Pending the results of Mecca: last month, Saudi Arabia brokered a deal in Mecca aimed at bringing Palestine's opposing Fatah and Hamas factions together. Adel Darwish examines the prospects for the Occupied Territories and the kingdom's larger role in the region as a whole.

Author:Darwish, Adel

KING ABDULLAH OF Saudi Arabia has secured an agreement to end several weeks of violent clashes between Palestinian factions that claimed some 100 lives and earned them the wrath of Muslims worldwide. The move is the latest in a series of manoeuvres aimed at bringing a semblance of unity to the whole of the Middle East region.

It follows intensive talks in Mecca, where the Custodian of the Two Holy Mosques wielded a mixture of carrot, stick and cheque-book diplomacy, not to mention the religious clout and moral clout of the location (within sight of Islam's holiest of shrines), to bang Palestinian heads together.

The fighting began last summer between Hamas and Fatah and several ceasefire agreements have failed to hold.

The 8 February deal, known as the 'Mecca Declaration', to form a national unity government (NUG) in Palestine, headed by Prime Minister Ismail Haniya, leader of the Hamas government since 2006, gave the Islamist Hamas nine cabinet posts, six to Fatah and one each to four other parties, but didn't include an explicit recognition of Israel. Some of the sensitive posts, including finance, foreign affairs and security were given to "independent" candidates. Much of the wrangling in Mecca was over two words: "respect" versus "accept", both in reference to interaction with the Jewish state. Rather than committing itself to accepting the existing Israeli-Palestinian agreements, Hamas insisted it would merely "respect" them.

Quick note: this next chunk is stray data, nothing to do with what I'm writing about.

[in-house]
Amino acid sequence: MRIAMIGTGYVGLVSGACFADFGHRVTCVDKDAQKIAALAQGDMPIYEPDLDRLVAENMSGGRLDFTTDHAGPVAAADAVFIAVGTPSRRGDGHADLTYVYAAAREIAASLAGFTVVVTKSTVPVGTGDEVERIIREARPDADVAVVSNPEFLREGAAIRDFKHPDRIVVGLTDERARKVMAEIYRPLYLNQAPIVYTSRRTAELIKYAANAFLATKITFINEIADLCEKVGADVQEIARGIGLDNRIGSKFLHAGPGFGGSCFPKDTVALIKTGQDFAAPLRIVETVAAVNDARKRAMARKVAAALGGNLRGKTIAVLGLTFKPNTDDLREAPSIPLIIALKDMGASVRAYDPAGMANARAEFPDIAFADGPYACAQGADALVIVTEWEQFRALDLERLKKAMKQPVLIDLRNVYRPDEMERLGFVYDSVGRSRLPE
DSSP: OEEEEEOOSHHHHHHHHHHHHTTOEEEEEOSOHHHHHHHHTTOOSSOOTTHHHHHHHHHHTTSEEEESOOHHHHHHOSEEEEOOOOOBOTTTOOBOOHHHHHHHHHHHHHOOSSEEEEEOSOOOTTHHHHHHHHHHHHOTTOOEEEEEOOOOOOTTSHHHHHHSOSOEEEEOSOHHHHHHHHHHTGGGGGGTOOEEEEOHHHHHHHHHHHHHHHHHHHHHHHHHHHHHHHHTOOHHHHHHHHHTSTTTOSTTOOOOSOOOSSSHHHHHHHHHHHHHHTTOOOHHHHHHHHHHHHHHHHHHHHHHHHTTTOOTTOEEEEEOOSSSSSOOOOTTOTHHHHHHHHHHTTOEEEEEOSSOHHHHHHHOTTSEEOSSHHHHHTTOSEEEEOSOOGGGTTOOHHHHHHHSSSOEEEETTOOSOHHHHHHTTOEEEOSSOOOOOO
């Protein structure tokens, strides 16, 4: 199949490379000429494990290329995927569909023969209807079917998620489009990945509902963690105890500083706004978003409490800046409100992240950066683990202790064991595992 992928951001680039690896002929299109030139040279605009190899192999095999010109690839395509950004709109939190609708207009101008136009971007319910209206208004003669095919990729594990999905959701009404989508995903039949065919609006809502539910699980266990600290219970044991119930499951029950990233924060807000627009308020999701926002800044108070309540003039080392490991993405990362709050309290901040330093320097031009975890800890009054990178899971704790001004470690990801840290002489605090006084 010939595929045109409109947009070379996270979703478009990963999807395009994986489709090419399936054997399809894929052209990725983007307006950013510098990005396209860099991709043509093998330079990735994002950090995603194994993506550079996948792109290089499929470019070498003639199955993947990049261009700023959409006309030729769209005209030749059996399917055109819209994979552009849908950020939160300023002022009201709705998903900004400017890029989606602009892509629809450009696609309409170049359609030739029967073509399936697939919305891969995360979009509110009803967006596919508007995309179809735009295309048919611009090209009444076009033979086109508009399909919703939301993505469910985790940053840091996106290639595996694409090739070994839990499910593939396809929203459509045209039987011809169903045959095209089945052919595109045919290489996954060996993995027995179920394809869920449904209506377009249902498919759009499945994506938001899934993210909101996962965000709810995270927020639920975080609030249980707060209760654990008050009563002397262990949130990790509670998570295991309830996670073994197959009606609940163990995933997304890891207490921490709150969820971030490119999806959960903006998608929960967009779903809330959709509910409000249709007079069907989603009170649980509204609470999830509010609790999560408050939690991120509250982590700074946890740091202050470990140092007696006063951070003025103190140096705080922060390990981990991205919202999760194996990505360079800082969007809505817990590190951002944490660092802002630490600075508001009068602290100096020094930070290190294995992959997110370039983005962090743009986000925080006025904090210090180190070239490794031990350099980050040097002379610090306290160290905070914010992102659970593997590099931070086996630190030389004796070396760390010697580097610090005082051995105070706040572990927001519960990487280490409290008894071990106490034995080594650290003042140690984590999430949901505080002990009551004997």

The world asked whether the Mecca deal would end weeks of fighting in Gaza. Others wondered whether the agreement would persuade the Israelis to moderate their position and accept NUG as a 'partner for peace?'.

Insistence that such a partner didn't exist helped undermine the position of PA president, Mahmoud Abbas (a main architect of the 1993 Oslo Agreement), helping Hamas into office last January after Islamists convinced the electorate he was too weak to deal with Israel, not to mention the spiralling levels of corruption among PA officials.

The international peace makers, known as the Quartet--made up of Russia, the US, the European Union and the United Nations--have set demands for the Islamist movement to recognise Israel, renounce violence and formally accept existing peace agreements.

British foreign secretary, Margaret Beckett, called the agreement "interesting" and noted it would require "further study". But during her recent visit to Jerusalem, as the Mecca talks were underway, she told reporters it...

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